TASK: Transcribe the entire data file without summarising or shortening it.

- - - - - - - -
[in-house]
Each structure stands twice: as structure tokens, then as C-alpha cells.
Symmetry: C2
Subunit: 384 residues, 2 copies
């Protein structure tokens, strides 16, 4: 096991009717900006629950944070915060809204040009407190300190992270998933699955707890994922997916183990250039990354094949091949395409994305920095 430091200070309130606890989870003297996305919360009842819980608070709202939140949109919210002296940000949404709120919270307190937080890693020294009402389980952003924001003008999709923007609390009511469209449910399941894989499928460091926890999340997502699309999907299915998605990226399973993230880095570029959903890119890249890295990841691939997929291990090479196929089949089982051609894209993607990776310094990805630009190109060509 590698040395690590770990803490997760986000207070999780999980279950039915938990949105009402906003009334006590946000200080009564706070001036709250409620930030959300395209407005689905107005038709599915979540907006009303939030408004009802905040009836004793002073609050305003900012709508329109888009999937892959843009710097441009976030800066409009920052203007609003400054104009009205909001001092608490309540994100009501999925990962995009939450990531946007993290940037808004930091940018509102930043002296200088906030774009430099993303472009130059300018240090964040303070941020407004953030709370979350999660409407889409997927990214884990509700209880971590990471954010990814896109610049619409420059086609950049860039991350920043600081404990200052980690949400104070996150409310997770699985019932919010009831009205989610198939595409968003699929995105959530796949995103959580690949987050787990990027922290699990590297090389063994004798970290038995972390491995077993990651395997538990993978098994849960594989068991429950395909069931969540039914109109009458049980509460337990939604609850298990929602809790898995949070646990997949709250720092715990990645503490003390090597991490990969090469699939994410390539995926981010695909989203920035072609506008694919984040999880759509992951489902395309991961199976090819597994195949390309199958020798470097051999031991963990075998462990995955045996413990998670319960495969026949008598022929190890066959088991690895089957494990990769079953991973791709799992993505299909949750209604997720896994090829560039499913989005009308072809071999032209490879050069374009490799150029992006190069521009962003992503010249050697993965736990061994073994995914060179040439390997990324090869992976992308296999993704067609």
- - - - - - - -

[in-house]
Each structure stands twice: as structure tokens, then as C-alpha cells.
Symmetry: C2
Subunit: 384 residues, 2 copies
């Protein structure tokens, strides 16, 4: 096991009717900006629950944070915060809204040009407190300190992270998933699955707890994922997916183990250039990354094949091949395409994305920095 430091200070309130606890989870003297996305919360009842819980608070709202939140949109919210002296940000949404709120919270307190937080890693020294009402389980952003924001003008999709923007609390009511469209449910399941894989499928460091926890999340997502699309999907299915998605990226399973993230880095570029959903890119890249890295990841691939997929291990090479196929089949089982051609894209993607990776310094990805630009190109060509 590698040395690590770990803490997760986000207070999780999980279950039915938990949105009402906003009334006590946000200080009564706070001036709250409620930030959300395209407005689905107005038709599915979540907006009303939030408004009802905040009836004793002073609050305003900012709508329109888009999937892959843009710097441009976030800066409009920052203007609003400054104009009205909001001092608490309540994100009501999925990962995009939450990531946007993290940037808004930091940018509102930043002296200088906030774009430099993303472009130059300018240090964040303070941020407004953030709370979350999660409407889409997927990214884990509700209880971590990471954010990814896109610049619409420059086609950049860039991350920043600081404990200052980690949400104070996150409310997770699985019932919010009831009205989610198939595409968003699929995105959530796949995103959580690949987050787990990027922290699990590297090389063994004798970290038995972390491995077993990651395997538990993978098994849960594989068991429950395909069931969540039914109109009458049980509460337990939604609850298990929602809790898995949070646990997949709250720092715990990645503490003390090597991490990969090469699939994410390539995926981010695909989203920035072609506008694919984040999880759509992951489902395309991961199976090819597994195949390309199958020798470097051999031991963990075998462990995955045996413990998670319960495969026949008598022929190890066959088991690895089957494990990769079953991973791709799992993505299909949750209604997720896994090829560039499913989005009308072809071999032209490879050069374009490799150029992006190069521009962003992503010249050697993965736990061994073994995914060179040439390997990324090869992976992308296999993704067609």